Allergic contact dermatitis among maintenance and clerical workers in a military population

Dan Slodownik*, Yonit Wohl, Adva Mansura, Shlomo Moshe, Hagit Sarbagil-Maman, Tsipora Shochat, Yehezkel Levi, Sarah Brenner, Arieh Ingber

*Corresponding author for this work

Research output: Contribution to journalArticlepeer-review


Contact dermatitis is one of the leading causes of occupational morbidity and absenteeism and has become an intolerable cause of missed workdays and health problems in the Israeli military. The aim of this study was to determine the rate of contact dermatitis in maintenance and clerical workers, the common allergens causing it, and the background of atopy in the subjects in order to design preventive measures. Medical records of all recruits to the Israel Defense Forces from 2000 to 2003 were reviewed for contact dermatitis. The 102 cases found were further assessed for job assignment, atopic background, and allergens. Of the 102 cases, 60 had irritant contact dermatitis and 42 had allergic contact dermatitis, of which 33 (78.6%) were maintenance workers, mainly mechanics. 13 soldiers in the maintenance job category (39%) and 2 soldiers in the clerical group (22.2%) had atopic background. There were 55 positive reactions in patch tests, 25 of them to oil and cooling fluids, with 14.5% attributed to methylchloroisothiazolinone/methylisothiazolinone) (Kathon CG). Atopy was found to be a risk factor for allergic contact dermatitis in our study and should be screened for in job assignment procedures in the military. Oil and greases contain significant allergens, especially their preservatives.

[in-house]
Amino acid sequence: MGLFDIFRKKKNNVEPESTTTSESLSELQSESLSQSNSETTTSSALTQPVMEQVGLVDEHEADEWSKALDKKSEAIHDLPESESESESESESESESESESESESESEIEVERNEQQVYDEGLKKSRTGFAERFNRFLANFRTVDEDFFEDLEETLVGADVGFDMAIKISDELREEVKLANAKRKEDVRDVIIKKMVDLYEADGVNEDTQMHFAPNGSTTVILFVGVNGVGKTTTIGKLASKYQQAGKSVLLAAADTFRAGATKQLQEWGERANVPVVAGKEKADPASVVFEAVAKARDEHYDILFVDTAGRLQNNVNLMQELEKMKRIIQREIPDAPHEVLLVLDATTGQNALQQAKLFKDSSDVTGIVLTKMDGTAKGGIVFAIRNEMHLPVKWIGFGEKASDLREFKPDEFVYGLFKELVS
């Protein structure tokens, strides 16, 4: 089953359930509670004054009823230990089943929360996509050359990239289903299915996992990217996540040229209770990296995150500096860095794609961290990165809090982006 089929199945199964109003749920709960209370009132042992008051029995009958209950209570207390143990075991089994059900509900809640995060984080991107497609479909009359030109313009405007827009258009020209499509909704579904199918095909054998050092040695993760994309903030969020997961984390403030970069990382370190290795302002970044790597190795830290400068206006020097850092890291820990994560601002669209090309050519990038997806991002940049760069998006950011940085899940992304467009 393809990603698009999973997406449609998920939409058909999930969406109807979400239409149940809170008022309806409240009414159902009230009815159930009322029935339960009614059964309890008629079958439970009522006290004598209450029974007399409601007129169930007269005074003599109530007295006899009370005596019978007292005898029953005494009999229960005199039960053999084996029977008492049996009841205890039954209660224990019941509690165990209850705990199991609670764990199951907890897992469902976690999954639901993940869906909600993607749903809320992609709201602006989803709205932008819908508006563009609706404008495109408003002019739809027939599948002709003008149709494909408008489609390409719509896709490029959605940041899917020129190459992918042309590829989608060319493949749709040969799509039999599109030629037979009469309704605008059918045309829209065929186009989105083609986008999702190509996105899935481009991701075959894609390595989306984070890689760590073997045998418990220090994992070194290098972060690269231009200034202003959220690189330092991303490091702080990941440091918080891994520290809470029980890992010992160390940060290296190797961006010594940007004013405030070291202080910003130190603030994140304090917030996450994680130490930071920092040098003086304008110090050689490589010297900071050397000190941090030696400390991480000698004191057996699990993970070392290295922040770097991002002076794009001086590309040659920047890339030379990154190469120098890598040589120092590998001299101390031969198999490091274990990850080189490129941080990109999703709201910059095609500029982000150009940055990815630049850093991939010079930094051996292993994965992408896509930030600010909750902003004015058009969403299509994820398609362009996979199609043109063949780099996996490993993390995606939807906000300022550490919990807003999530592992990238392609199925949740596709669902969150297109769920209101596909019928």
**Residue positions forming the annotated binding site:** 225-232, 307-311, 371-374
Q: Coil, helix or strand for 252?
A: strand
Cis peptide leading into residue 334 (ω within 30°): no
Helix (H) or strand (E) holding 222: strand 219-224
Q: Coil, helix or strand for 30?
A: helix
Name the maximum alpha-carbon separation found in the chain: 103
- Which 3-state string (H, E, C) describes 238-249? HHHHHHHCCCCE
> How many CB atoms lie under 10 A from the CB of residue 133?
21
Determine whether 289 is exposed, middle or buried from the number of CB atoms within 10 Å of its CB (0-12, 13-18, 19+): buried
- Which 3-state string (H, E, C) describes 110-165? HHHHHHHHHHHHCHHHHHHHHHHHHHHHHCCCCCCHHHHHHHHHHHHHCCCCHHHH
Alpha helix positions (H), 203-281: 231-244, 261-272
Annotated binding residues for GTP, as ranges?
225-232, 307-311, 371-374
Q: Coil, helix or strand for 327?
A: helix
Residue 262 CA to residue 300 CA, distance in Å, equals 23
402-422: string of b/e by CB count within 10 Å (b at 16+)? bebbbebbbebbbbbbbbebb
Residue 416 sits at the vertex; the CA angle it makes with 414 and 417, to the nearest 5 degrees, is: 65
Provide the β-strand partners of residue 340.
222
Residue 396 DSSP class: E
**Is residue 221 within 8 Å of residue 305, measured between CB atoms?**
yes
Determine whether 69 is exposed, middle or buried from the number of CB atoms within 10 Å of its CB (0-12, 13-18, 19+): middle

Original languageEnglish
Pages (from-to)335-337
Number of pages3
JournalContact Dermatitis
Issue number6
StatePublished - Dec 2006


  • Allergic contact dermatitis
  • Military
  • Occupation


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